As the world adopts a “wait and see” approach on the financial crunch

MANILA, Philippines – Instead of allowing the country’s resources go to waste in servicing the debt amid the uncertainty of the global financial crunch, Congress should immediately call for a moratorium on external debt payments and transform the said funds into an economic stimulus package, according to the Freedom from Debt Coalition.

In a rally outside the House of Representatives, the group urged lawmakers to realign the P200-billion foreign debt service earmarked for 2009 in order to boost spending on social and economic services that will contribute in shielding the Philippines from the global fallout.

“The global financial crisis, in effect, is now forcing the government to choose between the interest and welfare of its people, and the whims and greed of lending institutions,” FDC said in a statement.

As outlaid in the proposed 2009 national government budget, the country’s foreign debt service is P111.54 billion, while the off-budget payment for principal amortizations on foreign loans amounts to P88.835 billion.

“With its Constitutional power over the nation’s coffer, Congress should increase state spending relying on self-financing directed to social and economic services to pump up the blood of our economy,” the advocacy group said.

Tight credit access

FDC also said that foreign credit will be harder to access next year as foreign interest rates are expected to jack up, with the U.S. government set to borrow $700 billion for financial bailout, and with foreign banks tightening credit in an effort to ward-off inflation.

Even Finance Secretary Margarito Teves himself announced that the government will be “pre-funding” its financial requirements for 2009, due to a more inaccessible credit next year.

The proposed P1.415-trillion total budget obligations would be funded by P1.393 trillion worth of revenues thus, creating a deficit of P21.66 billion. P302.650 billion will go for interest payments of outstanding debts.

However, the budget does not count the principal amortization for outstanding debt, which is pegged at P378.866 billion. In truth, this makes the real deficit to be at P400.53 billion pesos instead of P 21.66 billion, according to FDC.

“To cover for the deficit, the government will be borrowing a total of P437.086 billion pesos. This is on a period of tightening global credit as the U.S. government borrows massively to weather its financial crisis,” FDC said.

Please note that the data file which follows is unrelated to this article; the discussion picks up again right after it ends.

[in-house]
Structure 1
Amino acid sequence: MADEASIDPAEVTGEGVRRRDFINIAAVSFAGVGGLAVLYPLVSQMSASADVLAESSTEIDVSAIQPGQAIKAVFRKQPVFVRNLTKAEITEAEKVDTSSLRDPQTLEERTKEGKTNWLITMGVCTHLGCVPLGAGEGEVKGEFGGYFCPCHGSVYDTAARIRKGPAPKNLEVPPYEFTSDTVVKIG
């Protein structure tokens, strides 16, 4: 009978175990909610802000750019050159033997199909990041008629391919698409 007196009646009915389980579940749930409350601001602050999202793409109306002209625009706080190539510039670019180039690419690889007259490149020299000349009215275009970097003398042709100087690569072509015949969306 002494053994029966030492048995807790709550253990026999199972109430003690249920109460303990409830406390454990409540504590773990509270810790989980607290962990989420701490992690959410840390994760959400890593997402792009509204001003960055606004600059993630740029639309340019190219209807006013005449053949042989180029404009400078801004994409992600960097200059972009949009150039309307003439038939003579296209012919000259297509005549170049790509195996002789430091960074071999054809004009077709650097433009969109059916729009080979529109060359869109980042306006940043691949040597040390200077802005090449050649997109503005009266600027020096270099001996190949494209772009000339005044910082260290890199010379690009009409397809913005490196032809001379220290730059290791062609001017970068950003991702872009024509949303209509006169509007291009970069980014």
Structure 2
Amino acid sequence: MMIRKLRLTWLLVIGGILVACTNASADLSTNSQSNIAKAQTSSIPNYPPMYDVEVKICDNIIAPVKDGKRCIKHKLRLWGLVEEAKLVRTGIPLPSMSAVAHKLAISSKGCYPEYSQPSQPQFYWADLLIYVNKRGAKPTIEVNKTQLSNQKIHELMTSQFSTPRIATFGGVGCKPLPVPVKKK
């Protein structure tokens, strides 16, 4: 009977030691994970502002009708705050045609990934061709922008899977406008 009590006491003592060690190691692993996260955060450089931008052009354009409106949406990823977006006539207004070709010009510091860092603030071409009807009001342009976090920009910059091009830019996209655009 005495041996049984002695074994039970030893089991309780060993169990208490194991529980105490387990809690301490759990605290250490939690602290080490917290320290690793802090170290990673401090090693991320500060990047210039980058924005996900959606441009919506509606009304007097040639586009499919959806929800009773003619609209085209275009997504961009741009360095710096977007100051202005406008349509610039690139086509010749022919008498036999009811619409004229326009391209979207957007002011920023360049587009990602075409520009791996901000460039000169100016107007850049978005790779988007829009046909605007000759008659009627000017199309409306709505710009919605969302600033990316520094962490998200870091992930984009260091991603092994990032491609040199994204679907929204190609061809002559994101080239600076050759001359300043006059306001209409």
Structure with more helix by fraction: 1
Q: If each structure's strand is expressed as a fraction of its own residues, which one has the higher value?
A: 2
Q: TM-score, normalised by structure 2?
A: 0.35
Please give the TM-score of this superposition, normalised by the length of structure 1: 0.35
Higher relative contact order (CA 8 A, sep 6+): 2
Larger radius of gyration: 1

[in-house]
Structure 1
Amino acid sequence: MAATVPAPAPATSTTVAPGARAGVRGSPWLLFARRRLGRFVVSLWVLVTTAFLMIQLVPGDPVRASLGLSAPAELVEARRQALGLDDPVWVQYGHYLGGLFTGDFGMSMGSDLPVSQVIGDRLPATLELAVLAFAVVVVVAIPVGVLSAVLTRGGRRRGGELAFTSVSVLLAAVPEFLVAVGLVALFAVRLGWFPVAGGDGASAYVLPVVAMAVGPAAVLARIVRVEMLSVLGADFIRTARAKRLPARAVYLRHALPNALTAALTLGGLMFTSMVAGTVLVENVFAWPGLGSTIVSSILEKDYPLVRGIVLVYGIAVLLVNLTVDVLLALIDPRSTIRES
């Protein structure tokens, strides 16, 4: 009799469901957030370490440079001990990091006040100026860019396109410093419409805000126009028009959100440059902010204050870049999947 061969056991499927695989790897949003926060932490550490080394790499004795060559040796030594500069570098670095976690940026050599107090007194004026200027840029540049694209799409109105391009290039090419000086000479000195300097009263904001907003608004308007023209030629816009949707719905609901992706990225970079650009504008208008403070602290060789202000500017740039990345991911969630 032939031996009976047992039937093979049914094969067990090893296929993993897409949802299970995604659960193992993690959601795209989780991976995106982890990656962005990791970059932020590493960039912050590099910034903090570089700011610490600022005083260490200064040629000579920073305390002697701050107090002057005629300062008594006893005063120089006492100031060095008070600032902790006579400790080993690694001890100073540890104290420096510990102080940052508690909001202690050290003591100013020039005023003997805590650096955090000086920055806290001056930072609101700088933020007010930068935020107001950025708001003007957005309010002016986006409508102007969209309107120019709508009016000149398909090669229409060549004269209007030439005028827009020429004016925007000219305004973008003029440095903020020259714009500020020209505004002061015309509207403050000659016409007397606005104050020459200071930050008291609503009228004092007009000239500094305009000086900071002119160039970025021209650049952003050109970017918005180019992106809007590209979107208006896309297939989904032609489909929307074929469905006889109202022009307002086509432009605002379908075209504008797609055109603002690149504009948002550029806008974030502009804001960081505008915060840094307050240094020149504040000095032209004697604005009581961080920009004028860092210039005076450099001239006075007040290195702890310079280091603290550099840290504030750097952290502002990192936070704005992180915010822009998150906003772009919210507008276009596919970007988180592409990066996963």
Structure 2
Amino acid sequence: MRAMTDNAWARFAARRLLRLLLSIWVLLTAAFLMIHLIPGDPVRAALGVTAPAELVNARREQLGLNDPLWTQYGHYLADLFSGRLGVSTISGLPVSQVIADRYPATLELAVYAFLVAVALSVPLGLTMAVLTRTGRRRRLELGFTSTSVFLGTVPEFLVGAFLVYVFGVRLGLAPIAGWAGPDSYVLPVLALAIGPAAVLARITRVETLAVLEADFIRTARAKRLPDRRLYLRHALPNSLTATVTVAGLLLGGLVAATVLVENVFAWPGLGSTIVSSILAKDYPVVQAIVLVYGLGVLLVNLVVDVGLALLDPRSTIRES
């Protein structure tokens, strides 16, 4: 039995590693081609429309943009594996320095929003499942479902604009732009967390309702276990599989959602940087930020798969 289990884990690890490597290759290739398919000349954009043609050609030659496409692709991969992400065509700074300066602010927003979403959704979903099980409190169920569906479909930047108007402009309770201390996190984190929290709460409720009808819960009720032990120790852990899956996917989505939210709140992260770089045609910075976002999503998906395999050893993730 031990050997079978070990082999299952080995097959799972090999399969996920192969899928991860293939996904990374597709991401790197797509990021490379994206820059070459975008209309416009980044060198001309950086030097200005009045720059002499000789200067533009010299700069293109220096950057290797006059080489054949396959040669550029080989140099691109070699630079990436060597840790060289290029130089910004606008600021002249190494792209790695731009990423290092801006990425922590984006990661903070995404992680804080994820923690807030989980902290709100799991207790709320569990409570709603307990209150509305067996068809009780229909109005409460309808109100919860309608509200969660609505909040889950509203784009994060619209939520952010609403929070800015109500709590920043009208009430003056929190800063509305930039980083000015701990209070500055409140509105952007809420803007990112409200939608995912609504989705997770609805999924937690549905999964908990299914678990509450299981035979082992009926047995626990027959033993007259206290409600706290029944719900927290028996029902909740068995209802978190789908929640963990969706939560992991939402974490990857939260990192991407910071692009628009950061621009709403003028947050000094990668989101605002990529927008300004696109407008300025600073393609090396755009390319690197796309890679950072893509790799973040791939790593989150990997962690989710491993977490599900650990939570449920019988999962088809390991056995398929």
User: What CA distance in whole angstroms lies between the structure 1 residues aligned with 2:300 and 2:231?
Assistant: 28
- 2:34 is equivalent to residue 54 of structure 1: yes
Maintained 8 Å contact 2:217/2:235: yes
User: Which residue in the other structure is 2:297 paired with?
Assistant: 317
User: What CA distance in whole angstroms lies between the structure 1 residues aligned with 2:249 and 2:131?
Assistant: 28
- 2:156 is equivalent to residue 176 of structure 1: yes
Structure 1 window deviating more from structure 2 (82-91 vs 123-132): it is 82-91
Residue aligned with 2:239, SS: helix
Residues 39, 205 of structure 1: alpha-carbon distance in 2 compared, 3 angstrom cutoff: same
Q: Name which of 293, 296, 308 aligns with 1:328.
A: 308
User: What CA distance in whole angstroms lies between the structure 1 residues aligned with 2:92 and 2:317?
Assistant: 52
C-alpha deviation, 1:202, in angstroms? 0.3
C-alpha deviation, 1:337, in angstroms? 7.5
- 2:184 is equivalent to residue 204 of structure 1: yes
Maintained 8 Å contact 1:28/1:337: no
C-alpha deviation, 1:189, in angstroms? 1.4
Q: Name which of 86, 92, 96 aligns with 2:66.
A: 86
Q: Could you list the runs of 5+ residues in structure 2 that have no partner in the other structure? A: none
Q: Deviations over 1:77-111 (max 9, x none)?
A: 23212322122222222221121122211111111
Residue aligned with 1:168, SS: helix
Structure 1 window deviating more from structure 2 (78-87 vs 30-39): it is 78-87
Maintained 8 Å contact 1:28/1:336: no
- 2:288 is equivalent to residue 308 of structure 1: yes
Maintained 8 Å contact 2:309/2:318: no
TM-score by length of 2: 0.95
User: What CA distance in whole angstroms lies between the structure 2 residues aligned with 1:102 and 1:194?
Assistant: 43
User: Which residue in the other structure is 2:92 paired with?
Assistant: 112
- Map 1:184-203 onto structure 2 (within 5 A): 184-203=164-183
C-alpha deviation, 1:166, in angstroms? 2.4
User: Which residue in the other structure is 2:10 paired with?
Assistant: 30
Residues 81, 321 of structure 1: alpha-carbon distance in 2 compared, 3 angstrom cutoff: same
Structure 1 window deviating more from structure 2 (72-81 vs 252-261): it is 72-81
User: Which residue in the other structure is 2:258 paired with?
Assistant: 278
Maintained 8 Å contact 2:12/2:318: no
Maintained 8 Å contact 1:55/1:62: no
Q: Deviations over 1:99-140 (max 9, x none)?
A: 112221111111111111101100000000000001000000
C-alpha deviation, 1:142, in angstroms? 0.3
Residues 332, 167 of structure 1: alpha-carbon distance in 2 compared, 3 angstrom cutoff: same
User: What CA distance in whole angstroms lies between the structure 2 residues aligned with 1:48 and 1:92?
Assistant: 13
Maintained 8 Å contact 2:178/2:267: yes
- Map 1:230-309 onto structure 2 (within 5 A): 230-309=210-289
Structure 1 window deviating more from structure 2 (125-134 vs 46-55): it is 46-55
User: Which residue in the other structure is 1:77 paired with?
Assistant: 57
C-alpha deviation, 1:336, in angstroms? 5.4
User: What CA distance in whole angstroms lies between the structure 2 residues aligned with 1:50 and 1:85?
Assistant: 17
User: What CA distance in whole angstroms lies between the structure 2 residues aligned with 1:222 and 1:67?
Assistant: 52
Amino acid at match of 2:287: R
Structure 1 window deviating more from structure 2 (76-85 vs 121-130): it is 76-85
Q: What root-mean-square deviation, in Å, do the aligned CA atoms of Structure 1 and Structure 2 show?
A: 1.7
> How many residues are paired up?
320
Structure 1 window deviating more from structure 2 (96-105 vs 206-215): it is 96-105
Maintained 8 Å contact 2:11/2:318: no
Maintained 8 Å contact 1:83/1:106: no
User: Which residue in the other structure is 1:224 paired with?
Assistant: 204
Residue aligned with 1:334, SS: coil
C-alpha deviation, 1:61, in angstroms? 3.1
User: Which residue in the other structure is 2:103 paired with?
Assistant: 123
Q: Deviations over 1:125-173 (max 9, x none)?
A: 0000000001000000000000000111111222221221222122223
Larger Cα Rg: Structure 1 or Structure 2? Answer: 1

The group added that gross borrowings will not stimulate the economy; instead it would automatically go to ‘roll over’ the payment made for the principal amortization.

“In effect, while other countries are preparing for self-reliance and institutionalizing mechanisms for capital and resources to stay within their respective economies, we are doing the opposite. We are virtually helping rich countries such as the US bail themselves out of the crisis while we make our economy more vulnerable to the crisis,” the debt watchdog said.

“Obviously, the proposed 2009 budget as it is will not prepare us for the global financial crunch,” FDC said.

The reason for this is that the priority much more the momentum of the budget is still heavily dependent on the availability of foreign credit, the group claimed.

“Proof of this, we are still reeling from a serious financial outflow as large chunks of the debt we are paying are in dollars, and we are still paying for loan agreements, some if not most of which are blatantly illegitimate,” FDC said.
“Furthermore, we are still not spending enough on social services to prepare our labor force and the real economy survive the crisis while meeting the challenges in the future,” the group said.

On budget slash

FDC said that while they duly identify with certain groups and individuals who are calling for a radical slash of the budget, subjecting it to a resource diet to lessen the fat and to narrow the maneuverability in using it as an election campaign kitty without alternative reallocation is detrimental in the long run.

“Such measure is blind of the economic crisis, as it would run contrary to the need to spur needed economic mobility as well as providing socio-economic protection to the ordinary people,” FDC said.

Ending fiscal dictatorship

“We also believe that calling for such a measure without demanding serious reforms in the budget to effectively trim the democratic deficit and to curb the incumbent president’s unassailable fiscal dictatorship is tantamount to the protection and perpetuation of such powers which were the autocratic legacy of the deposed Marcos dictatorship,” the group said.     

FDC added that given the international economic climate, “the government should in fact realize the dual task of increasing fiscal spending on social and economic services and in ending the embarrassing yet enduring legacy of the dictatorship so encroached in budget process.”

The group also called for genuine budget reforms towards the institutionalization of grassroots people's participation and involvement in all stages and levels of budget development. -30-

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